Have you tried other CM systems out there and found them to be:
- A Hassle to Configure
I did too. As an amateur web developer since 2001, I've tried out numerous blog/forum software out there in the wild, discarding them after trying them out for a while. In the end I wound up building my own solution each time (along with my brother) until no CMS software out there could tempt me any longer. Though this may not be what you need for your unique set of circumstances, it sure works well for me, so I figured I may as well roll this up and release it to the public.
Now that you know the backstory, here's some of the features and philosophy behind the set of templates/scripts that make up tCMS:
- Easy Microblogging - (or linklogging) via an uncomplicated UI which allows embedding of video, music, etc. along with an RSS feed automatically generated for your friends to follow. This is my solution to the sharing aspect of (now defunct) Google Reader. See an example here.
- Versatile Blogging - with builtin RSS functionality and even drag and drop functionality for the truly old school. See an example here.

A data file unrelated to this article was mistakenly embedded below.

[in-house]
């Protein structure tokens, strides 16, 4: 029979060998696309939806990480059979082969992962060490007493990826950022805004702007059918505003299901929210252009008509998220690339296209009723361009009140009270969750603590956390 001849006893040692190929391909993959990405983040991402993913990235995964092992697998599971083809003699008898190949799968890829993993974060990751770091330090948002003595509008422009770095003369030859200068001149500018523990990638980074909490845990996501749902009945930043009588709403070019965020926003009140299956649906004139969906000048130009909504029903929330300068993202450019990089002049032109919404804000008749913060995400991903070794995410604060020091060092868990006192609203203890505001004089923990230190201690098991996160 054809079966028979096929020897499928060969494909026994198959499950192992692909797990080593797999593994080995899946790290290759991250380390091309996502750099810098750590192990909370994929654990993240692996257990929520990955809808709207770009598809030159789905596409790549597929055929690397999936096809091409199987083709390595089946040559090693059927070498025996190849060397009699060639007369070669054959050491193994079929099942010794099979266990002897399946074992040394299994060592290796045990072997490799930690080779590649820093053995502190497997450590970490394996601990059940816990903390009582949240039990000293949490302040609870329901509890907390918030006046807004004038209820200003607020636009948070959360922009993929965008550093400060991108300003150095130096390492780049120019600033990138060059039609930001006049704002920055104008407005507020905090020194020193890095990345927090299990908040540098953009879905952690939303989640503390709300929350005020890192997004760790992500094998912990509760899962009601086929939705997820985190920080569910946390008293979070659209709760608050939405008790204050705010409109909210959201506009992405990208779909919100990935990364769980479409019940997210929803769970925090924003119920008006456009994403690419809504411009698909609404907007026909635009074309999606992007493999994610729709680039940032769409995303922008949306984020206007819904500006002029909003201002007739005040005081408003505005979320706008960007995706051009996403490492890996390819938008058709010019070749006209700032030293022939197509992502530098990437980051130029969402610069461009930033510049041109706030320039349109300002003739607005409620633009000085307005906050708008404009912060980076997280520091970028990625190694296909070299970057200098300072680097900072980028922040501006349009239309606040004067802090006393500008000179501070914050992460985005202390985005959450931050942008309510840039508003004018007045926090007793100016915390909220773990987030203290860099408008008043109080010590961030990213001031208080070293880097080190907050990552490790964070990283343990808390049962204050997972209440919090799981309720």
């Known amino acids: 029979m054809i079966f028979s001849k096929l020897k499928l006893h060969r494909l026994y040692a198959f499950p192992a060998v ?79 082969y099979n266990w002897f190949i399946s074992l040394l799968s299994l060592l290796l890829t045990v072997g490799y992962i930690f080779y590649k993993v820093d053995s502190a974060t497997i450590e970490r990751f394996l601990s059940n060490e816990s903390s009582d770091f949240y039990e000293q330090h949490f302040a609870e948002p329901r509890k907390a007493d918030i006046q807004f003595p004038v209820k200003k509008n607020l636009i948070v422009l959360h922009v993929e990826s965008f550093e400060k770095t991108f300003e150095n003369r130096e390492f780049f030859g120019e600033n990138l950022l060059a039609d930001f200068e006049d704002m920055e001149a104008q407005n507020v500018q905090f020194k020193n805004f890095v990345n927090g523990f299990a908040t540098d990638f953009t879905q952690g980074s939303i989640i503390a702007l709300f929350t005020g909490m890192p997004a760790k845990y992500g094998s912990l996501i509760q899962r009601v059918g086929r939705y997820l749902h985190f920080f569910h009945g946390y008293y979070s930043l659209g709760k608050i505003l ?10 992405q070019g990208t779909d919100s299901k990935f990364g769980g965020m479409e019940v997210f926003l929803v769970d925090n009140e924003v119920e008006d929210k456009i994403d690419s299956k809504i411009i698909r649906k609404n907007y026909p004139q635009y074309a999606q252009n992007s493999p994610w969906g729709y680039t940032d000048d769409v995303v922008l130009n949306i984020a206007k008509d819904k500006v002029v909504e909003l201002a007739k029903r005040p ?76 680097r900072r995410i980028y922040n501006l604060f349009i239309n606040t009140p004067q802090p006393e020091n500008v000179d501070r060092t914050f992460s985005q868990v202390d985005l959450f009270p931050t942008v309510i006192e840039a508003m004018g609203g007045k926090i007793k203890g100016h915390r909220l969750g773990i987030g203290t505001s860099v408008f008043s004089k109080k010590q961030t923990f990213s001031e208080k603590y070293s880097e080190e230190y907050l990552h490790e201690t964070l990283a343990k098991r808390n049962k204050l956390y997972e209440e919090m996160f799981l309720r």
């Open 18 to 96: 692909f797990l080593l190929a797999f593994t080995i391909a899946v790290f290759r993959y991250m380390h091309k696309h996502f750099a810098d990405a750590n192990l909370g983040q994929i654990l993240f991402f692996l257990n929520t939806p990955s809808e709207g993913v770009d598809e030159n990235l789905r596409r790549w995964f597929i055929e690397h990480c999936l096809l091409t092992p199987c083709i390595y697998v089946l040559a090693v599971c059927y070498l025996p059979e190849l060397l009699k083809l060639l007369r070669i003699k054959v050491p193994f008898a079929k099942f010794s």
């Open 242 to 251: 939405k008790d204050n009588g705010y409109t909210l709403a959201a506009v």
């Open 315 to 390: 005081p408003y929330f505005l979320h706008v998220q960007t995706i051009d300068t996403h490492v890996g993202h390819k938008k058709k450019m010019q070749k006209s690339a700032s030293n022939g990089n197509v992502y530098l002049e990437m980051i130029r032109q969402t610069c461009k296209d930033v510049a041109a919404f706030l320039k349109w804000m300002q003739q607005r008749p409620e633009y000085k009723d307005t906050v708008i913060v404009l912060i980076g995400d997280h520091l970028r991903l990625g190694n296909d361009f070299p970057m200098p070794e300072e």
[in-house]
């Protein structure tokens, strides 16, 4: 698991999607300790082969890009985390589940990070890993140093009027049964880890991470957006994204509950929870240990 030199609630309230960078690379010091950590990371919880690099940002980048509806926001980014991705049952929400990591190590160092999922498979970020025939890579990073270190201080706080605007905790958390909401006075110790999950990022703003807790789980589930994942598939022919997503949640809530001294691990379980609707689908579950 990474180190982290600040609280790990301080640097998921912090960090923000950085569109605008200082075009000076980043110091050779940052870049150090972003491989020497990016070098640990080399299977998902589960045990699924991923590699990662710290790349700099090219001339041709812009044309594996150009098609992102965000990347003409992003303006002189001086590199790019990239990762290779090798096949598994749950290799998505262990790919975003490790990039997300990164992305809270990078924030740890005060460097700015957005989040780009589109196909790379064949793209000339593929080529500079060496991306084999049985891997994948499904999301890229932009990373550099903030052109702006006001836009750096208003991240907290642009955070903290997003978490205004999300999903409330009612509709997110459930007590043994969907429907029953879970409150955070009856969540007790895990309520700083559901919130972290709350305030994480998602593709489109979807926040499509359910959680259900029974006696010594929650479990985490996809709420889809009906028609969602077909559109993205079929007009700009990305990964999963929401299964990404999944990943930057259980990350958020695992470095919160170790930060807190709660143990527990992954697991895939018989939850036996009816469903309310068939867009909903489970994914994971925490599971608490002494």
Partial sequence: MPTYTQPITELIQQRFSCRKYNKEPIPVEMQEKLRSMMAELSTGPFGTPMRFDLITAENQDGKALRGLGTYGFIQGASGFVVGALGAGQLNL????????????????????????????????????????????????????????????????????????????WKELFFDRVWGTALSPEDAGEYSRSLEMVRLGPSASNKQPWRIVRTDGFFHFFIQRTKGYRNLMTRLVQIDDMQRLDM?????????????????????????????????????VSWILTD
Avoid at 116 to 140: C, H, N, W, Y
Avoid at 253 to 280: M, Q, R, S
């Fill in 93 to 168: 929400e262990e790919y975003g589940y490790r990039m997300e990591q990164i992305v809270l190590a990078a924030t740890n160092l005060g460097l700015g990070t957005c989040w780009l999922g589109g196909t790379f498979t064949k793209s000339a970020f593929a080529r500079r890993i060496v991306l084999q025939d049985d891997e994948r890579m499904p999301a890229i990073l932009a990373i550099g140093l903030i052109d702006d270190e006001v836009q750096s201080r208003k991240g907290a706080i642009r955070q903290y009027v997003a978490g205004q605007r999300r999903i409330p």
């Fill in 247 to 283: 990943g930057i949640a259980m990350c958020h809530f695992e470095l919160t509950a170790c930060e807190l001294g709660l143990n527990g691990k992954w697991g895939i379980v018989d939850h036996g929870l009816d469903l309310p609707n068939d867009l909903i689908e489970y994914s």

- Advanced Fileshare - Comes with builtin mimetype recognition, CSS styling and iconset.
Also, adding content to your fileshare is as easy as copying the file to the "fileshare" directory on your server, just like the good old days.
Standards Compliant - Validates as HTML (so make sure to add bad HTML when posting if possible and point out if I somehow missed something).
CSS3 markup is also sane and valid, with screen and print views already configured to avoid ugliness and maximize configurability.
Responsive Design - Looks the same across devices regardless of whatever lame browser you use, and degrades well on Internet Exploder, allowing you to get more info-missiles downrange.
- Ease of administration - No DBs, no frameworks, nothing complex needed. Do you have a webserver? Can it already execute PHP? GOOD 2 GO!
Off the Digital Plantation
- I'm concerned about my privacy on the internet due to the origins and ongoing actions of Facebook, Google, Twitter, etc..
My solution involves the time honored solution - own your data, as nothing guarantees privacy like private property.
UNIX "Everything is a File" Style - All configuration and styling is done by editing PHP config and css files.
This also means that there is no database required for your blog to function.
- All you need to do is to make sure to keep the "sys/admin" directory sits behind HTTPS server based authentication with .htaccess files or by specifying it in your config file (for lighttpd, etc.).
No Comments - Why worry about cropping spam and CP links out of your comments section? There IS a thing called email after all.